Rub input wanted!

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Zap
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Rub input wanted!

Unread postby Zap » Sat Feb 04, 2012 5:48 am

I would appreciate some input on this subject. :mrgreen:

When you are scouting and come across a rub that is obviously from this season.
But not hit very hard or recently, looks like five months old....or the same for a small trashed tree/bush.

Do you believe that is a area that a buck rubbed to get velvet off?
Can a few of these rubs indicate a core area?


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RaisedByWolves
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Re: Rub input wanted!

Unread postby RaisedByWolves » Sat Feb 04, 2012 5:56 am

good question Marty. I got lucky one time and found a small rub in Sept, that still had blood and a little velvet stuck to the tree. Couldn't really learn much from it though. I've always wondered if that 1st velvet rub is usually aggressive or more careful. I imagine it would be fairly aggressive and would leave all kinds of unique marks on the tree from rubbing at all the different angles.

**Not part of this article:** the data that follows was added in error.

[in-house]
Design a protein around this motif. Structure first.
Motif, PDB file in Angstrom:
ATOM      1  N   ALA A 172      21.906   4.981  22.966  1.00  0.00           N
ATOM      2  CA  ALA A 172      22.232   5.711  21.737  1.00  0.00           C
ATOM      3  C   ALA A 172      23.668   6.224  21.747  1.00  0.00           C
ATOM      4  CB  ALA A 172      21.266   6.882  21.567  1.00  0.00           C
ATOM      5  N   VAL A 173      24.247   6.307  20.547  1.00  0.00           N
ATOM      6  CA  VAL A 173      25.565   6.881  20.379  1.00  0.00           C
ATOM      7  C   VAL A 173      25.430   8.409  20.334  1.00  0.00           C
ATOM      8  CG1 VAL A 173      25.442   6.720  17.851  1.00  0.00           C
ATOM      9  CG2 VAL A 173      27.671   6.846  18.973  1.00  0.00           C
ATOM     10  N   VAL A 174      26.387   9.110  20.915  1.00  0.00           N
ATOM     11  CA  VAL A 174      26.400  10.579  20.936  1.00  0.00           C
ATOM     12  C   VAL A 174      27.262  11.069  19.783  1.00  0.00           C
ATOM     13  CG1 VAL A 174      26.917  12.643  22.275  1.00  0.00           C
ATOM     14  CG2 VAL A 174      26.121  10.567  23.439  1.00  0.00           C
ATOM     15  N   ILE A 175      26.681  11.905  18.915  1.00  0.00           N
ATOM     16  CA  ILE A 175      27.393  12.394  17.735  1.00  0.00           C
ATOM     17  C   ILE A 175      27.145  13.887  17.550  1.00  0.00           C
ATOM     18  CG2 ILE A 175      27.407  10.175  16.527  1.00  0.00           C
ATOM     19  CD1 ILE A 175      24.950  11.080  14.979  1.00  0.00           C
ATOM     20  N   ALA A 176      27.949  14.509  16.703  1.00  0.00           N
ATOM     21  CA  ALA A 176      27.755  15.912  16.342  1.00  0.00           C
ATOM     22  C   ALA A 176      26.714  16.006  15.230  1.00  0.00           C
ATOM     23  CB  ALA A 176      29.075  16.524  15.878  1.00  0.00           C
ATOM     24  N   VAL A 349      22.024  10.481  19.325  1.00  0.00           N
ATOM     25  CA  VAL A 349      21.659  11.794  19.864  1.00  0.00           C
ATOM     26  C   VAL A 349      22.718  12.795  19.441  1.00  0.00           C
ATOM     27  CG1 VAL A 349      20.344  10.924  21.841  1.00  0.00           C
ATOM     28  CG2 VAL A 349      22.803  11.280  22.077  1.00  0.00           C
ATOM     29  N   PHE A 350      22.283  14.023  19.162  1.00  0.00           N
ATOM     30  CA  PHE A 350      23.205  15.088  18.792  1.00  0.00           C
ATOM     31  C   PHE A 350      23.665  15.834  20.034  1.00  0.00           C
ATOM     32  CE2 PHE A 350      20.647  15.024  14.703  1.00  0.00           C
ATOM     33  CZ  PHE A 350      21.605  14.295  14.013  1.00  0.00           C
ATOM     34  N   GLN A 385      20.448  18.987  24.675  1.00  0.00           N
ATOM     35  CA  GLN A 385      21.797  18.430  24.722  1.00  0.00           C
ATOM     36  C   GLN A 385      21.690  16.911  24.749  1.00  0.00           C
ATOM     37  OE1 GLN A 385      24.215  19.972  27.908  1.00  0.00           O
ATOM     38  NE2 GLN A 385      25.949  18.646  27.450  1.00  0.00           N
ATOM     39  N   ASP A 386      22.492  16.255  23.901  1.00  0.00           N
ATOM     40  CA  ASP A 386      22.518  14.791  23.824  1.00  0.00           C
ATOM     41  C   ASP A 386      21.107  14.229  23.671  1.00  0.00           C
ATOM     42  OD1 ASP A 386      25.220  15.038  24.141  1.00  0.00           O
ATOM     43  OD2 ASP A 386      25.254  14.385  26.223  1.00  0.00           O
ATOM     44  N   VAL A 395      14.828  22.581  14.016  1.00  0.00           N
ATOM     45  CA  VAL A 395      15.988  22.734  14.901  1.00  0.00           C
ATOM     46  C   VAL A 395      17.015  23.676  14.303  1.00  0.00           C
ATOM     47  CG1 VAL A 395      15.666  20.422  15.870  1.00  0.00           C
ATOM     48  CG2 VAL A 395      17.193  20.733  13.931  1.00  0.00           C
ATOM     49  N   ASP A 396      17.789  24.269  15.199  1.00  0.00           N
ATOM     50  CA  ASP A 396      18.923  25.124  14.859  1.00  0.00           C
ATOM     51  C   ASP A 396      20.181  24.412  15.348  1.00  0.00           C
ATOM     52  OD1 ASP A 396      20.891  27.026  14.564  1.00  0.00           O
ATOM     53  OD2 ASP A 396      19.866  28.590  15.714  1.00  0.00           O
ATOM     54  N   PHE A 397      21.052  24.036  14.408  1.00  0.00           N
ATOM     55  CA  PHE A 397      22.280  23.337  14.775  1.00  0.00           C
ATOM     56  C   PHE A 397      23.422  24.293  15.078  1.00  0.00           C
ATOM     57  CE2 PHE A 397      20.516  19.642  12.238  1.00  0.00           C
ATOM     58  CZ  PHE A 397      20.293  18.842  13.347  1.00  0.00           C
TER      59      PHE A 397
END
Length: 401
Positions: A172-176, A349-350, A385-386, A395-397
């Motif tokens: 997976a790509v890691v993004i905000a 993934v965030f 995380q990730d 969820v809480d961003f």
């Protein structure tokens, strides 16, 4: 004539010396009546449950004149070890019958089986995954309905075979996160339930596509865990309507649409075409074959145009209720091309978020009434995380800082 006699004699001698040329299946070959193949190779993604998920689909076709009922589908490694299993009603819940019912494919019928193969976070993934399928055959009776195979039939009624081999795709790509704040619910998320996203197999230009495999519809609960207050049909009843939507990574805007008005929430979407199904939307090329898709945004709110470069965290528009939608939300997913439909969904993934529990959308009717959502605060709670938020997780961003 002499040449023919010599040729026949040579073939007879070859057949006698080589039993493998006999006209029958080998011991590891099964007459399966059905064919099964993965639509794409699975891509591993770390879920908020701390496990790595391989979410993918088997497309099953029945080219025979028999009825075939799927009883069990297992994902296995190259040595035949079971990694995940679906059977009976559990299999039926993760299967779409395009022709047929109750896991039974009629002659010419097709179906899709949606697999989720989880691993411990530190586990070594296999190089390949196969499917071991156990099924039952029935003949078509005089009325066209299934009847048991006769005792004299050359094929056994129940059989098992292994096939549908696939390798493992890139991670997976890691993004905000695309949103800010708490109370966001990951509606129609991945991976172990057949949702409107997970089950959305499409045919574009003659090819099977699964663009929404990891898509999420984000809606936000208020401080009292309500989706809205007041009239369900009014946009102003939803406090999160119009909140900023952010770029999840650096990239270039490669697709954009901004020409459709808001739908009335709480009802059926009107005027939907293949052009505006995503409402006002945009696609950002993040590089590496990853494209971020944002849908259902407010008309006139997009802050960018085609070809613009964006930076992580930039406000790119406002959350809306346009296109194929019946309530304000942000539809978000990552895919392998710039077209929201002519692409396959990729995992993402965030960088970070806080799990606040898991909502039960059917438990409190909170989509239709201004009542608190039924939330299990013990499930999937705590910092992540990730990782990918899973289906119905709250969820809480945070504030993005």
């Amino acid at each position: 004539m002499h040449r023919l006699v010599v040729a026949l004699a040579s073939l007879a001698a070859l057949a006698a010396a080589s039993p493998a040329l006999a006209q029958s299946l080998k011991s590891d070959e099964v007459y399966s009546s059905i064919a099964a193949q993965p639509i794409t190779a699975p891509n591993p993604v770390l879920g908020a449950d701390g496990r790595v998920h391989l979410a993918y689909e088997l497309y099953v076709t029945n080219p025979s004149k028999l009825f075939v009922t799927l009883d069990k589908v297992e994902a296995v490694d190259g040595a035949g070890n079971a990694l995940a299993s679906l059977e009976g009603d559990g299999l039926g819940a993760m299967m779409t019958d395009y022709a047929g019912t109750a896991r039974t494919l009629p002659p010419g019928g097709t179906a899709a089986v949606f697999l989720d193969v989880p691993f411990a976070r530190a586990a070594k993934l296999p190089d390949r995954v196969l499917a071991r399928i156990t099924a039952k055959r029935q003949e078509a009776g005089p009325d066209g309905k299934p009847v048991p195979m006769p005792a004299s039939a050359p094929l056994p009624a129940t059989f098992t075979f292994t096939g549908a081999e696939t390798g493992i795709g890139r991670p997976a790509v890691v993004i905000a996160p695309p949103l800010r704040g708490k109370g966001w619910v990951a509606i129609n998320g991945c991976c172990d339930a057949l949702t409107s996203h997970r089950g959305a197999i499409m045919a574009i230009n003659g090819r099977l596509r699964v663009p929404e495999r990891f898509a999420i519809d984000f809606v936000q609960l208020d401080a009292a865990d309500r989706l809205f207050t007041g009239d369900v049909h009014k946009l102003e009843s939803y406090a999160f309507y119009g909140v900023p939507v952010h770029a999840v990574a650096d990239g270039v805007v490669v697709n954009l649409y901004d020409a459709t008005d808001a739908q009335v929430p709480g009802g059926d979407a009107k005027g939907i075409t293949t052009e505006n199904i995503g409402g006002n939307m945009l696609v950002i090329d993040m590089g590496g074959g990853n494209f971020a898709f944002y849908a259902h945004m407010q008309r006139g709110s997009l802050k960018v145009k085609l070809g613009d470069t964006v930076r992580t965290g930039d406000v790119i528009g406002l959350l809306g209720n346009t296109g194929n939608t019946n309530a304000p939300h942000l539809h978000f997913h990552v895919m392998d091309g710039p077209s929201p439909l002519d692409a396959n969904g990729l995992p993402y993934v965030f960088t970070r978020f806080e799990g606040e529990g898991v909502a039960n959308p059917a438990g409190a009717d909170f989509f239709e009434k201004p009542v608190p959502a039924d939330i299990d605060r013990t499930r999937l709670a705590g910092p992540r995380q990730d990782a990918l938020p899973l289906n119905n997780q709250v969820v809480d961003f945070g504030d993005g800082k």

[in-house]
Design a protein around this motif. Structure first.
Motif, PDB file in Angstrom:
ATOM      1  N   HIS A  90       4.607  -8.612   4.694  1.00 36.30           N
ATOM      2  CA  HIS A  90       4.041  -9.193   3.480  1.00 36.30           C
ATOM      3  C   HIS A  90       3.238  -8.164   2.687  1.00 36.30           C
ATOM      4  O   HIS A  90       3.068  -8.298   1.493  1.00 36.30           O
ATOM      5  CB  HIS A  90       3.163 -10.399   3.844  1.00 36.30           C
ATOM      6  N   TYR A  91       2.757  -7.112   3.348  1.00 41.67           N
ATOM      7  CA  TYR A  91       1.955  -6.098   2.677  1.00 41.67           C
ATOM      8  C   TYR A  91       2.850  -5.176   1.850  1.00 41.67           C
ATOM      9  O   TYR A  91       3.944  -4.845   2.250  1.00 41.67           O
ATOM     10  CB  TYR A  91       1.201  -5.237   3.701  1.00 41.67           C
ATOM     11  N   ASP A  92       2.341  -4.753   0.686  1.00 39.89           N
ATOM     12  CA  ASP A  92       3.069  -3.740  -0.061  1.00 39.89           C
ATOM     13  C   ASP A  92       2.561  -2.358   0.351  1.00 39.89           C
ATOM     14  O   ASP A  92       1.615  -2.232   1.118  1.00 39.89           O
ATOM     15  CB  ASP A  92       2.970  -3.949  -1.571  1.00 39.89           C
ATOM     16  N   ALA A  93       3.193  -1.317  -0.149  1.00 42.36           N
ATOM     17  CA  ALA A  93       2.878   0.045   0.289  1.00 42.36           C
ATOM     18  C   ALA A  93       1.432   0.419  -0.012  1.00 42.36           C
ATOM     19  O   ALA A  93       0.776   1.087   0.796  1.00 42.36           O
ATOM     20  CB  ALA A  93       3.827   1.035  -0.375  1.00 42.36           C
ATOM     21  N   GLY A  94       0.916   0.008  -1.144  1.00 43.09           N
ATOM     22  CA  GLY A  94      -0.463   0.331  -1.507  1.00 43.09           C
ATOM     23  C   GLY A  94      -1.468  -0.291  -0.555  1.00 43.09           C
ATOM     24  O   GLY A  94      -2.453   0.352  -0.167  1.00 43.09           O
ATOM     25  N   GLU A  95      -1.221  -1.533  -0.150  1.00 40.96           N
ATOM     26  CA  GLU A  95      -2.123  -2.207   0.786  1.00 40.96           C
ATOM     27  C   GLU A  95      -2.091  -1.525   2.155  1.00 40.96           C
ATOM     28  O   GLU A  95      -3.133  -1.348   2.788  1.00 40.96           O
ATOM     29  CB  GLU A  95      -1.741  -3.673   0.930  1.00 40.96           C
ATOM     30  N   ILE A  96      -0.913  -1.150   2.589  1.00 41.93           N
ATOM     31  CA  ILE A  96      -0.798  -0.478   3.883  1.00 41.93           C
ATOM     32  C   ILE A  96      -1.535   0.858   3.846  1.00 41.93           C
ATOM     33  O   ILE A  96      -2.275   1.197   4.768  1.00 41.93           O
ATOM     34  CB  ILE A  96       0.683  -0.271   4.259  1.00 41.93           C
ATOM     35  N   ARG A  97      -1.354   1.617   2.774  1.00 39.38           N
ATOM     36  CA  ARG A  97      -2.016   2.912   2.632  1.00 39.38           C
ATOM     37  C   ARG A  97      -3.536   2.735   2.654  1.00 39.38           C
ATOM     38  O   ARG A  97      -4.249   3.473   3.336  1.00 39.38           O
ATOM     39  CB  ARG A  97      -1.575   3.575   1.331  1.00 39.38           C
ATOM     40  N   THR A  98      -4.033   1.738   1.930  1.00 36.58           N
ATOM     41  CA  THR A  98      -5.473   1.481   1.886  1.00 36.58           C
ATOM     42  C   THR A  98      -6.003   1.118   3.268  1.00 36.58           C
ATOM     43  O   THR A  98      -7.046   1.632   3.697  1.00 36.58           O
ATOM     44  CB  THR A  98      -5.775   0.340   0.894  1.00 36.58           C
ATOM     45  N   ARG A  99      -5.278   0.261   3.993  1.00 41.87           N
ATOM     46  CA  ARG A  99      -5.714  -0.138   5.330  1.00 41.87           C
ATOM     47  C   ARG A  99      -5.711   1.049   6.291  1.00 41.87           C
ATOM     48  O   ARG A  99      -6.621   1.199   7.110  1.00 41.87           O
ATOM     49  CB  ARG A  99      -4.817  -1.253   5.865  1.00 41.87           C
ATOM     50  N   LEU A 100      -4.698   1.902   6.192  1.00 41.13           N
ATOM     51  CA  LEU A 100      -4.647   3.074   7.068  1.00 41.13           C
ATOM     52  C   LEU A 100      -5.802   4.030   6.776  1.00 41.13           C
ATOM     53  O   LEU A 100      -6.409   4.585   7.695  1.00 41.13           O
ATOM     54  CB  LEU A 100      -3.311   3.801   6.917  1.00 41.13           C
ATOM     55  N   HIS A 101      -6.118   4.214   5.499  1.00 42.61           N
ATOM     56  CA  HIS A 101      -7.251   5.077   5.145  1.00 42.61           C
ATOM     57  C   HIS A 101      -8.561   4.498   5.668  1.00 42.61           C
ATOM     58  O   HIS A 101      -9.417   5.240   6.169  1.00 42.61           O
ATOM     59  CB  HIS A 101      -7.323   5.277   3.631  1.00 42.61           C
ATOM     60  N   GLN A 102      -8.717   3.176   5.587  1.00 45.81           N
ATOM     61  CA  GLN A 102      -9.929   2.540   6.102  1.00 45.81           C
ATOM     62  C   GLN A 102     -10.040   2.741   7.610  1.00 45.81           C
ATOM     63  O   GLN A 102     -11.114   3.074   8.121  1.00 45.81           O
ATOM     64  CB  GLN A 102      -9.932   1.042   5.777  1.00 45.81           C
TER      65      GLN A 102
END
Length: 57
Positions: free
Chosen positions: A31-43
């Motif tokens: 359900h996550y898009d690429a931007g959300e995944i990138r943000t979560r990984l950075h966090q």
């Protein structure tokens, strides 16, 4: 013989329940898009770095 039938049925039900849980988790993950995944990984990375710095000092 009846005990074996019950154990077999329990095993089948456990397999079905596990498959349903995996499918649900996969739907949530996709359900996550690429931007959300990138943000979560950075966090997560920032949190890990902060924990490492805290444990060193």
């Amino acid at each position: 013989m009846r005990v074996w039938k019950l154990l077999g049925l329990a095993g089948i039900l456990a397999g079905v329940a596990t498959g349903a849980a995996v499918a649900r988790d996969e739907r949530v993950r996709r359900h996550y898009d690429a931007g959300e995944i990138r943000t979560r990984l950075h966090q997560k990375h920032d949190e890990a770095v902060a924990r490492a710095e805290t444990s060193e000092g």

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Re: Rub input wanted!

Unread postby JRM6868 » Sat Feb 04, 2012 6:02 am

I have a travel area that has light rubs down to tore up. It's used by multiple bucks and I think the light rubs are just where a buck maybe started and got distracted and moved on or sometimes you get young bucks rubbing a bigger than normal tree for them and they can't dig in as much. The bucks show up on this property mid to late October so I know it's not velvet rubbing.
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Re: Rub input wanted!

Unread postby phade » Sat Feb 04, 2012 6:12 am

I think it depends on the type of ground you hunt.